The owners of a rental home in Vallejo were stunned when they discovered the residents had abandoned a large indoor marijuana grow operation and fled.
“We’ve been violated,” said owner Leonardo Bordador. “This is the first time we’ve experienced this kind of thing. We can’t believe this could happen here.”
Bordador said he and his wife leased the house to a young man from Oakland who called himself Bang Thuc Gian. He told the Bordadors he lived with his wife and two young children.
Instead, neighbors said, they only saw Gian and another young Asian-American man living in the house. Later, other young men started hanging around at all hours, making at least one neighbor suspicious.
Matthew Dixon, who lives next door, said the occupants were quiet and friendly, even if their activities were suspicious. They abandoned the house in August, Dixon said.
That’s when PG&E shut off power to the home, apparently because they learned the occupants were stealing electricity.
Shortly after the men left, another neighbor spotted water condensing on the windows. Fearing a leak inside, he turned off the water main outside. Dixon said he suspected the occupants left an irrigation system running when they left and flooded the house.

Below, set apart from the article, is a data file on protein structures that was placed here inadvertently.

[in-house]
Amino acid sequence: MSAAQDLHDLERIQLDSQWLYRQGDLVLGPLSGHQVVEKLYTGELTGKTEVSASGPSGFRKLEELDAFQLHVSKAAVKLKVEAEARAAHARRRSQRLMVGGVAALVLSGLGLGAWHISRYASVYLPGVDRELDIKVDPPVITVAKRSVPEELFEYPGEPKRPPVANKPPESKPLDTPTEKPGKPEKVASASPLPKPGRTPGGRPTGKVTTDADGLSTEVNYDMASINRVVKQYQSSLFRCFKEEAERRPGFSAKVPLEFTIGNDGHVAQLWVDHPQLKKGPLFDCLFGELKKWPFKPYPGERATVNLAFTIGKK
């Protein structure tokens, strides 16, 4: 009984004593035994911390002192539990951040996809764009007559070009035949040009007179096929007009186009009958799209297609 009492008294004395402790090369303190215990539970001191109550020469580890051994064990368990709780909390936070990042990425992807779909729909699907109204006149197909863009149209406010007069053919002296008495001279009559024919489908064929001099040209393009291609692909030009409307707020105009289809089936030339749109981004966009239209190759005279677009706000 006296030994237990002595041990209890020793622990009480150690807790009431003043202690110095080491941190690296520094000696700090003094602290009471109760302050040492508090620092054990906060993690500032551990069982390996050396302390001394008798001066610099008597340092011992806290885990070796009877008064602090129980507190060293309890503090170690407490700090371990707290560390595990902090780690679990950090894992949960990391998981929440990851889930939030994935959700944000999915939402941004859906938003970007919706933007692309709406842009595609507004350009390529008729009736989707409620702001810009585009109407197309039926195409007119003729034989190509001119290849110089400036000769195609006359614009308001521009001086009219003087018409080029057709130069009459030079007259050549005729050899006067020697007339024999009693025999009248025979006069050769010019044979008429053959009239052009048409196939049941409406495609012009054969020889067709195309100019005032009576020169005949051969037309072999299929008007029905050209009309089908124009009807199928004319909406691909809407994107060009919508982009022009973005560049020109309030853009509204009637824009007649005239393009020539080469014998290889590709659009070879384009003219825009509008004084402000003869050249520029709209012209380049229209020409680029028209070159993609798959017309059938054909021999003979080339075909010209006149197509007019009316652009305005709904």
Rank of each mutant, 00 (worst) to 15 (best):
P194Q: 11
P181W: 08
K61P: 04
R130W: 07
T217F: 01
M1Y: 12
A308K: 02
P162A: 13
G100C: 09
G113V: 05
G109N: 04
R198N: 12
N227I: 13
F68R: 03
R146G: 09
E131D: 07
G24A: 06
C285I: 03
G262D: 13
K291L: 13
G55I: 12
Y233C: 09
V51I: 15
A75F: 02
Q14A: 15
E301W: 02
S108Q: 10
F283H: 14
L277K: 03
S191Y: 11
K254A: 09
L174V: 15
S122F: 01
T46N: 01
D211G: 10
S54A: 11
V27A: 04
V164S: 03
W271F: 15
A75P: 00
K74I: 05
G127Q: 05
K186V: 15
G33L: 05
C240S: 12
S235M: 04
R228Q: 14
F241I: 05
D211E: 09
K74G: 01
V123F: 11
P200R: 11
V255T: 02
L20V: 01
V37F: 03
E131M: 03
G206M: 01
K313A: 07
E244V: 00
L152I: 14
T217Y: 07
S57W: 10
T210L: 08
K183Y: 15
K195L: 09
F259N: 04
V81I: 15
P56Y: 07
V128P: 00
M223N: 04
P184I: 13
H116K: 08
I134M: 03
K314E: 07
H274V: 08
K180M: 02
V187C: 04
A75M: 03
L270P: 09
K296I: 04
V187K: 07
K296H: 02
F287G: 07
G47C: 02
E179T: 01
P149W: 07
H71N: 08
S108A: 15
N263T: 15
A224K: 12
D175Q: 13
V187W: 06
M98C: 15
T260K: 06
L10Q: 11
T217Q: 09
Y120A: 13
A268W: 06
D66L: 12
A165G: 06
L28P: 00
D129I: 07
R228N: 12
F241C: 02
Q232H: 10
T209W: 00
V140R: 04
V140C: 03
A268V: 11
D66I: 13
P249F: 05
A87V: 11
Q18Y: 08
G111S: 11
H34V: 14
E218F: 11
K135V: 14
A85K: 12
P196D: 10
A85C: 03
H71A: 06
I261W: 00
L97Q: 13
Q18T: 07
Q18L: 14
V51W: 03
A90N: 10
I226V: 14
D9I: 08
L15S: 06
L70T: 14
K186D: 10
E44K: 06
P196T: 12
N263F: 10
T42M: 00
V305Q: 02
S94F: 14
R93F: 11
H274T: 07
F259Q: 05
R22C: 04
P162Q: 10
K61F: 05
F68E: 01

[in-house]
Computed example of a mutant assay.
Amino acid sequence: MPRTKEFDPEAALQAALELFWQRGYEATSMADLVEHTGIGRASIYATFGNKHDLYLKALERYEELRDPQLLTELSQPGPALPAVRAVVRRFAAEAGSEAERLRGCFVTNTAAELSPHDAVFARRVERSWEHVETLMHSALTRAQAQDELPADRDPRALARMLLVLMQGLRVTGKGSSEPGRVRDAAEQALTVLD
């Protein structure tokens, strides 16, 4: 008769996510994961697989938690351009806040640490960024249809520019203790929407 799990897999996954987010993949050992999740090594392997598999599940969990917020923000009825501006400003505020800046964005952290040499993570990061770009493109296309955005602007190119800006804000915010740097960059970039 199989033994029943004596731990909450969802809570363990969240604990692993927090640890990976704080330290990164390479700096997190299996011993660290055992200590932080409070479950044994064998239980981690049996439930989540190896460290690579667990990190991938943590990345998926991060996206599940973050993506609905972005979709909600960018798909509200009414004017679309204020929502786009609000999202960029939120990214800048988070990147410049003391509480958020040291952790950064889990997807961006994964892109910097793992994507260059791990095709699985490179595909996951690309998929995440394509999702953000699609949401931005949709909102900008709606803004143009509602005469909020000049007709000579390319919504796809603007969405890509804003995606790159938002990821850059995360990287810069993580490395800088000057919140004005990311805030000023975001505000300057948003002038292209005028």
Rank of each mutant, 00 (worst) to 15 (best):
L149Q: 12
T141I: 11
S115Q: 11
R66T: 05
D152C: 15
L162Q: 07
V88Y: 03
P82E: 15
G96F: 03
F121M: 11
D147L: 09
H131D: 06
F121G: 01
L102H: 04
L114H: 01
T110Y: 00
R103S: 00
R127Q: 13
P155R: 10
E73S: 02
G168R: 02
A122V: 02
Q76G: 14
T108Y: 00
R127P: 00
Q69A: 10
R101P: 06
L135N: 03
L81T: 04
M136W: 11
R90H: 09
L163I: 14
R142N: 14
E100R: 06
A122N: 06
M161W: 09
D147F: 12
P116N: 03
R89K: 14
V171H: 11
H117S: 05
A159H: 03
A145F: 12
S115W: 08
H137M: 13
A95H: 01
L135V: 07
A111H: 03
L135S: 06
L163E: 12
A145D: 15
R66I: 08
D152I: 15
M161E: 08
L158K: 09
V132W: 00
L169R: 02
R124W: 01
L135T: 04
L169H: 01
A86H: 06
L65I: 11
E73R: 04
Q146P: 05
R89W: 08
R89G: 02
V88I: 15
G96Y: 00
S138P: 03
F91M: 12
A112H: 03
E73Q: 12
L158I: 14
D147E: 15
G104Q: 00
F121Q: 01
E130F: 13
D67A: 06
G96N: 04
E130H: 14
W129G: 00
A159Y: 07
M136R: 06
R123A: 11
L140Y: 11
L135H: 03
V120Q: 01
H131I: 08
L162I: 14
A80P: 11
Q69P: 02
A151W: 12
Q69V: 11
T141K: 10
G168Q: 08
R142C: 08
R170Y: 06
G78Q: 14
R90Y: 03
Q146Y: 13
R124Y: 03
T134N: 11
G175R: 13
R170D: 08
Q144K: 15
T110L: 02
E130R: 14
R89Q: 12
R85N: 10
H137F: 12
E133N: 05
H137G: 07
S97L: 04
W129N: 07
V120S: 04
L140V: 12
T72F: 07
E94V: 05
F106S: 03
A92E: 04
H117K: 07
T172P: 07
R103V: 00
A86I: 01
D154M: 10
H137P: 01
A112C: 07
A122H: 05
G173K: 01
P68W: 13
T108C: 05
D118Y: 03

Bordador and his wife leased the property last year and only learned of the abandonment after the fact. They were barred from entering until early October due to tenant law in California.
Bordador said he rented the house to Gian for $2,800 a month. Bordador and his wife live in Daly City.
After seeing the damage inside the house, Bordador called Vallejo police. They then called the fire department to inspect the property for hazardous mold. A haz-mat team determined there were no threats. Environmental authorities in Solano County also took part in the investigation.
Inside, the owners found dried marijuana plants, extension cords, and fans. Some rooms suffered extensive water damage, and the garage was littered with trash.
Bordador said he told cops of his suspicion earlier, but officers told him they would have to wait until the lease expired before they could access the house.
“We want to get the guy to make him pay for what he had done to us and the community,” Bordador said, though he acknowledged it may already be too late to recoup the damages from anyone.